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Debussy Dilemma

music miscellany Aug 20, 2018

Clade Debussy

This week we celebrate the birthday of composer Clade Debussy, born on August 22, 1862. Although Debussy himself would be 156 years old this week, his music still sounds as fresh and magical as it did when he composed it.

And his music still poses problems for many musicians. I have worked with numerous students who, on their first encounter with a piece by Debussy, are puzzled and perplexed. They have difficulty reconciling the free, unregulated sound of the music with the explicit directions written on the page. They find the simple clarity of the music surprisingly challenging to achieve.

And they resist the idea that creating that seamless and fluid musical magic requires a very disciplined approach.

In my teaching, I use Debussy’s music as a rite of passage. Although music by other composers particularly some harpist composers like Renié, Grandjany and Hasselmans raises similar issues, I find that Debussy’s music presents a bigger challenge.

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Find Your Fire

music miscellany Jul 22, 2018

Suddenly her soul was on fire. It had been a long weekend, and she was clearly worn out from information overload. It looked to me like she had reached her limit. But then came the fire. She wasn’t just engaged or interested. She was alive. She was on fire.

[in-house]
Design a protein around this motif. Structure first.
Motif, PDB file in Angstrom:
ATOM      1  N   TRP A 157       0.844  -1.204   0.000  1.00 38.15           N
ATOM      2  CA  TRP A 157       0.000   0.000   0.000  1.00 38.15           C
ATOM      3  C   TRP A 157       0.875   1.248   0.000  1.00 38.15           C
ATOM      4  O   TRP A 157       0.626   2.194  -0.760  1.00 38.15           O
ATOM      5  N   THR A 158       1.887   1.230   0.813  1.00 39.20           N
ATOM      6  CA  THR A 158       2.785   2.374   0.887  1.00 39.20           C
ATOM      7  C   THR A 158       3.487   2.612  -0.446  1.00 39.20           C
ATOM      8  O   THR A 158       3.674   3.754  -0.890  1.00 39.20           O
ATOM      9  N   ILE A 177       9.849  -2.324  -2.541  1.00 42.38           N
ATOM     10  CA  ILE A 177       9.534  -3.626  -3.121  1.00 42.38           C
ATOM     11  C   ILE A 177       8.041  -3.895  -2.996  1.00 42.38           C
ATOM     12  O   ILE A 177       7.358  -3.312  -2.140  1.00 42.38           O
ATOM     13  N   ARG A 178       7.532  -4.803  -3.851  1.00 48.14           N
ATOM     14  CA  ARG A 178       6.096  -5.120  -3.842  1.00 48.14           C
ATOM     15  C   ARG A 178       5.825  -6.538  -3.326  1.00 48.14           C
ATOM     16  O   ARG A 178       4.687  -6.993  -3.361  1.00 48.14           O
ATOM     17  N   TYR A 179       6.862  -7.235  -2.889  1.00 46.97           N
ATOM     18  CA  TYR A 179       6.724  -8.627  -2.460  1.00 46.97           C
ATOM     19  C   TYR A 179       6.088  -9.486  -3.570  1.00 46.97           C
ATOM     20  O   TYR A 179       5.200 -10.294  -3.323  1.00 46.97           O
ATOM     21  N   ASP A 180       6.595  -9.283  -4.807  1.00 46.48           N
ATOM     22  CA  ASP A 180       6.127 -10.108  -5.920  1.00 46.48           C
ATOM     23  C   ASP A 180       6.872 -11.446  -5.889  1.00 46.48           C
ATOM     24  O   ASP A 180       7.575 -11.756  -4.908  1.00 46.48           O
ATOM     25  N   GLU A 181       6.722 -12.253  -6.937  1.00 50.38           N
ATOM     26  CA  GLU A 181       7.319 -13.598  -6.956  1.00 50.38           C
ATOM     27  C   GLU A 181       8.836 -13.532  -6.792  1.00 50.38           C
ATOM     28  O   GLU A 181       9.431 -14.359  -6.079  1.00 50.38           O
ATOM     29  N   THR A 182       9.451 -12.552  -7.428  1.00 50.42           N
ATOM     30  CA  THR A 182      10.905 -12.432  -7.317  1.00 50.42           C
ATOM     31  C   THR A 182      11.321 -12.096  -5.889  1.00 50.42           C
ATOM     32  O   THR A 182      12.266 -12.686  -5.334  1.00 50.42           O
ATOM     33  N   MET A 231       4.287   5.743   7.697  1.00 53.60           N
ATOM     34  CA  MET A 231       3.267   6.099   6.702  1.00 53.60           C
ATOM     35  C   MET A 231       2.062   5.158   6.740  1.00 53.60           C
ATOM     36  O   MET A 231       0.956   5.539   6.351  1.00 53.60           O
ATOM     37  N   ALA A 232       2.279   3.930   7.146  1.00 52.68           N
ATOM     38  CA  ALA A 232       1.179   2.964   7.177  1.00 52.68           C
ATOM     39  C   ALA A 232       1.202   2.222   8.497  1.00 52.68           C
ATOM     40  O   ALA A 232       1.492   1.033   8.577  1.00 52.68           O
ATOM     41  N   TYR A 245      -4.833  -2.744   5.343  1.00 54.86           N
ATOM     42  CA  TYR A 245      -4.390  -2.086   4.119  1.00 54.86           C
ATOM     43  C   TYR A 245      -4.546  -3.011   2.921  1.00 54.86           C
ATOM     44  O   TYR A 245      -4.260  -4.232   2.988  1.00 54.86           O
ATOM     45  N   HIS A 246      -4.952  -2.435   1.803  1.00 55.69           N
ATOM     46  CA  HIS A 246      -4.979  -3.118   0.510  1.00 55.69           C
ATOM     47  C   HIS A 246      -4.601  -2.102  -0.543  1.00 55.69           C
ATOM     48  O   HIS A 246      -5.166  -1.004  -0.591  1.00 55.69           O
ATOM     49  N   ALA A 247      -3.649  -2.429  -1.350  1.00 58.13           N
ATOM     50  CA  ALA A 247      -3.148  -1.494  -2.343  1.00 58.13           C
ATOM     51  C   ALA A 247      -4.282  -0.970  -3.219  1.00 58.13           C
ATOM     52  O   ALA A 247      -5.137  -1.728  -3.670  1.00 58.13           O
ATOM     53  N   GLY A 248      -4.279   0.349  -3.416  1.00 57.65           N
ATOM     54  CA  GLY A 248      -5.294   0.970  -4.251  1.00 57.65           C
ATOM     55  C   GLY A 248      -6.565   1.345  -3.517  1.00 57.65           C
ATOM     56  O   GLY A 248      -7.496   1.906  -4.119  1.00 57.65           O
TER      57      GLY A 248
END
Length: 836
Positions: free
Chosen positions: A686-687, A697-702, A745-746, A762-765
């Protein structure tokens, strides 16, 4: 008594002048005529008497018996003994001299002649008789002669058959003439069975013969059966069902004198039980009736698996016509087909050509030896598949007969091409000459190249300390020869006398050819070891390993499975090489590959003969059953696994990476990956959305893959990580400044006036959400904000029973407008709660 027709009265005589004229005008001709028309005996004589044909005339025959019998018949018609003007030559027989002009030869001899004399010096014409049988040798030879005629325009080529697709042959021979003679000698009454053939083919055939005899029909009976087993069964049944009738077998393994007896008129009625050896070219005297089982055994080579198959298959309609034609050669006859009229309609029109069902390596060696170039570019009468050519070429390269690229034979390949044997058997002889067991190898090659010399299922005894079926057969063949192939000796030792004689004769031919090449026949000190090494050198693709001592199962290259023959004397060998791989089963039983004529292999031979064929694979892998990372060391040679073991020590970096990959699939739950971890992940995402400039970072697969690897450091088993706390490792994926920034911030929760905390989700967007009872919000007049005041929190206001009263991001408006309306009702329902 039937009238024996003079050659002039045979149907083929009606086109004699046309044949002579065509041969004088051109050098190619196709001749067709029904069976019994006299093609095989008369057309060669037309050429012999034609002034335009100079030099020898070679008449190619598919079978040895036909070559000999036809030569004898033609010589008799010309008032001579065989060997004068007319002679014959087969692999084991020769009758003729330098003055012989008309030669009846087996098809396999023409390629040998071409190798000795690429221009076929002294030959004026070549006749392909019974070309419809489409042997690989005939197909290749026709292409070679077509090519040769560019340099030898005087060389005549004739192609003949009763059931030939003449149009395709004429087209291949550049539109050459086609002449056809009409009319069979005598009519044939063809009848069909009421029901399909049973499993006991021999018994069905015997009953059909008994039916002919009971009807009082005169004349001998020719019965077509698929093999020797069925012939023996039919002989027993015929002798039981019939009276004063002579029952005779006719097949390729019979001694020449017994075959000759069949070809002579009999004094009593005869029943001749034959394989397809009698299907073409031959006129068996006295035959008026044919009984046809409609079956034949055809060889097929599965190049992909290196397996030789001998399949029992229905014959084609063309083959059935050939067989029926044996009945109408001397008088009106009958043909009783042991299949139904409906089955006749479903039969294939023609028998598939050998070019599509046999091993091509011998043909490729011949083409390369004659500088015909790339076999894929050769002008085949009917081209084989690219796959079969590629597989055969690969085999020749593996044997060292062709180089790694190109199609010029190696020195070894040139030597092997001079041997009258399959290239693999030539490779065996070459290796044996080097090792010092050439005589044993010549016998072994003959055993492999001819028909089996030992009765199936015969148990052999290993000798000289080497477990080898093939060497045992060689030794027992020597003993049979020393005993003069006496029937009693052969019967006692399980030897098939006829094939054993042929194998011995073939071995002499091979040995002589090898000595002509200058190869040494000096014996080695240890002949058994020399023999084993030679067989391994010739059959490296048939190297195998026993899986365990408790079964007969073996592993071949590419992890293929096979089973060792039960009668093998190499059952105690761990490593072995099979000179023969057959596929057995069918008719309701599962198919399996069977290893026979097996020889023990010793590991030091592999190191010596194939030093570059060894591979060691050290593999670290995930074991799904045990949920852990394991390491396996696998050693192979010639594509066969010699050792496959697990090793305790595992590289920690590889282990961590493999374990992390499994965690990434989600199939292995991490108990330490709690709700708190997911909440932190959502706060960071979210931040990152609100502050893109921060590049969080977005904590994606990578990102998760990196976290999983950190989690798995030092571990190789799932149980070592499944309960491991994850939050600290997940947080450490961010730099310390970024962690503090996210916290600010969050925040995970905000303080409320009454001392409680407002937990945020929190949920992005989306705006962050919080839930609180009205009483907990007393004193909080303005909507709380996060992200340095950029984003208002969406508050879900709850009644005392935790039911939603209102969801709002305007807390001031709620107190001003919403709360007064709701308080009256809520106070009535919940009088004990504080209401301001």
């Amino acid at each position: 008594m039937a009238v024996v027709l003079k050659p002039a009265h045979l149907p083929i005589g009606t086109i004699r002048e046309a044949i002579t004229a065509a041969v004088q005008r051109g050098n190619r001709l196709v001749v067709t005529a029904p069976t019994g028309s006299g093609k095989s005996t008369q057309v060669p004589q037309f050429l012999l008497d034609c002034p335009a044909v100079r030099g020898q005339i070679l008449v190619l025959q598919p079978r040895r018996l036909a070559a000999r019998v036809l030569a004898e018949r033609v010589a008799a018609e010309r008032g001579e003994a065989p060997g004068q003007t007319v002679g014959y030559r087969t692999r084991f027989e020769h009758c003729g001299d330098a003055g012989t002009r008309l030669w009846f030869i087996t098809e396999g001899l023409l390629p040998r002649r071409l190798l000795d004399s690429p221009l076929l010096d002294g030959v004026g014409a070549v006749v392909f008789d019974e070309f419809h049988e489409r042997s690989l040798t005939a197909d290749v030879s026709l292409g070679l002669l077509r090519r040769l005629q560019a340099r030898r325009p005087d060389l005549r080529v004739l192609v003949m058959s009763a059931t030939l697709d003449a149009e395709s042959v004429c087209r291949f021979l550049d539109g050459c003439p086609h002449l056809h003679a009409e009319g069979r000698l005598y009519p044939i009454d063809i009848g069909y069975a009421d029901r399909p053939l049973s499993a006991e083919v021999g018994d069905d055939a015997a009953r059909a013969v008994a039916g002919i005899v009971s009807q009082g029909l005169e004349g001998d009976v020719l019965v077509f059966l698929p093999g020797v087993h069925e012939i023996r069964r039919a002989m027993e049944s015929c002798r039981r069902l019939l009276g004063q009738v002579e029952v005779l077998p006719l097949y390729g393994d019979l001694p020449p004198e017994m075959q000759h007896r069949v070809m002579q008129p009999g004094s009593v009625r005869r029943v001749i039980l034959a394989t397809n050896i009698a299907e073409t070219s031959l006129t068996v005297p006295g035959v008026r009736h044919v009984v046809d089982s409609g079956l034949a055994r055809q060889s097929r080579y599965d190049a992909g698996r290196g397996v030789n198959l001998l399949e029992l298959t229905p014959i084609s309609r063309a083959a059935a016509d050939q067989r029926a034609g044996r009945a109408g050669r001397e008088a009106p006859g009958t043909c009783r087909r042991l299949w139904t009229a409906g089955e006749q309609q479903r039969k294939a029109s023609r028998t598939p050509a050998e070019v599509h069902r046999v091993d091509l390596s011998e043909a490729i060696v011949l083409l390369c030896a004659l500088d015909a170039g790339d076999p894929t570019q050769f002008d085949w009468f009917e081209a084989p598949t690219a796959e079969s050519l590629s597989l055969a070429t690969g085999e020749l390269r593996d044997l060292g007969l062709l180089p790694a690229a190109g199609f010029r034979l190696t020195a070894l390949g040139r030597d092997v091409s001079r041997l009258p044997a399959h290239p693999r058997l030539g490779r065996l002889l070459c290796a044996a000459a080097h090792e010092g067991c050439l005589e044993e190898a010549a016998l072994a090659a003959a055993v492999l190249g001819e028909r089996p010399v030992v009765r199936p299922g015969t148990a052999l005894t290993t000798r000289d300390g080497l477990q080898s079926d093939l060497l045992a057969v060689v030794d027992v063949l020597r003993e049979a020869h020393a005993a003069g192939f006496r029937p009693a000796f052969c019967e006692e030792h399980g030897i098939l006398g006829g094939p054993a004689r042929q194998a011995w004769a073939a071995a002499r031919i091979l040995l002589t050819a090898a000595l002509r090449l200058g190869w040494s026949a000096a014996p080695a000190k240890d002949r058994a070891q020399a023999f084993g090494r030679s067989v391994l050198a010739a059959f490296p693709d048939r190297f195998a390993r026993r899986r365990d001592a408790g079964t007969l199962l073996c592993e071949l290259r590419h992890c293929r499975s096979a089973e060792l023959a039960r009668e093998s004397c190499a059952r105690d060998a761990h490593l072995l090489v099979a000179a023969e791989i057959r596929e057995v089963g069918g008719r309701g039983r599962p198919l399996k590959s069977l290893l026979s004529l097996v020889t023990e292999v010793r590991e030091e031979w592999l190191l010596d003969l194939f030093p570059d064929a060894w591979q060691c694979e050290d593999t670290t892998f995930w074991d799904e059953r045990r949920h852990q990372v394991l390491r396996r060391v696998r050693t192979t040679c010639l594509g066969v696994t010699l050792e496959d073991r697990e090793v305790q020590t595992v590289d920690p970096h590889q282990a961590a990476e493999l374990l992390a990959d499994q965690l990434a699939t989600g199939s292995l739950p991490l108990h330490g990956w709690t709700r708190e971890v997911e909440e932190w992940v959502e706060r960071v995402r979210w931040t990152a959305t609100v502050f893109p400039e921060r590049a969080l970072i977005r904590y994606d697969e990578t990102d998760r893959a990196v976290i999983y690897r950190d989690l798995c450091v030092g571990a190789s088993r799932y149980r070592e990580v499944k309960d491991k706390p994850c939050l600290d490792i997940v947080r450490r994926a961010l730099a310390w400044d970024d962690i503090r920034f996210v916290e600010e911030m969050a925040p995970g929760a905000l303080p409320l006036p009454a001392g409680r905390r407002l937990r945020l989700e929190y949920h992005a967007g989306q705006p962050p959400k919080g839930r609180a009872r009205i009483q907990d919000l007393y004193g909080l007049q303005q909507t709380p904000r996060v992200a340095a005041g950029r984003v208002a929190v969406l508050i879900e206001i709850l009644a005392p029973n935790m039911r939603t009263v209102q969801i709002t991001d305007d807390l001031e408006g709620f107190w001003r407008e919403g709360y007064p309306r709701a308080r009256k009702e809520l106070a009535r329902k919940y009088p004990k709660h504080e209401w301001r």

This past weekend I attended and taught at the Somerset Folk Harp Festival in New Jersey. Hundreds of harp players gathered to listen, learn and share their love of the folk harp. The assemblage of so many world-class performers and teachers super-charged the atmosphere. It was exhilarating.

It’s possible to sustain that energy level only so long, though, and so when I noticed my student showing the effects of the long day, I understood. But I was wrong.

One minute it looked as if she were about to nod off, and the next moment she came alive. I don’t remember the point in the workshop when it happened, but I saw her regain her fire.

As she joined in the discussion, it became clear that she was far from...

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A Family Reunion, Harp Style

music miscellany Jul 02, 2018

Have you ever attended a big family reunion, one of those massive ones where each branch of the family tree can be identified by the color of their T-shirt? If so, you know what an adventure it can be. You discover cousins you’ve never met, maybe never even knew of. You share meals and stories, play games, look at photo albums, discover connections. Maybe you simply relax and share the moment. It’s exciting, exhilarating and sometimes exhausting.

When you leave the reunion, you go home with a collection of addresses and phone numbers, along with that special feeling of having reinforced your sense of belonging and forged new connections to your roots.

I attended one such reunion last week, only with name tags instead of T-shirts. I’m referring to the 2018 American Harp Society National Conference, held last week in Redlands, California. As I write this, I’m on the airplane on my way home from the conference, and I am moved to share with you how powerful these...

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How to Be a Successful Musician

music miscellany Jun 11, 2018

A successful musician doesn't just happen. It’s not really about innate talent, and believe it or not, it's not all about practice. It is about three specific qualities that allow a musician to be able to practice effectively, play fluently and perform confidently.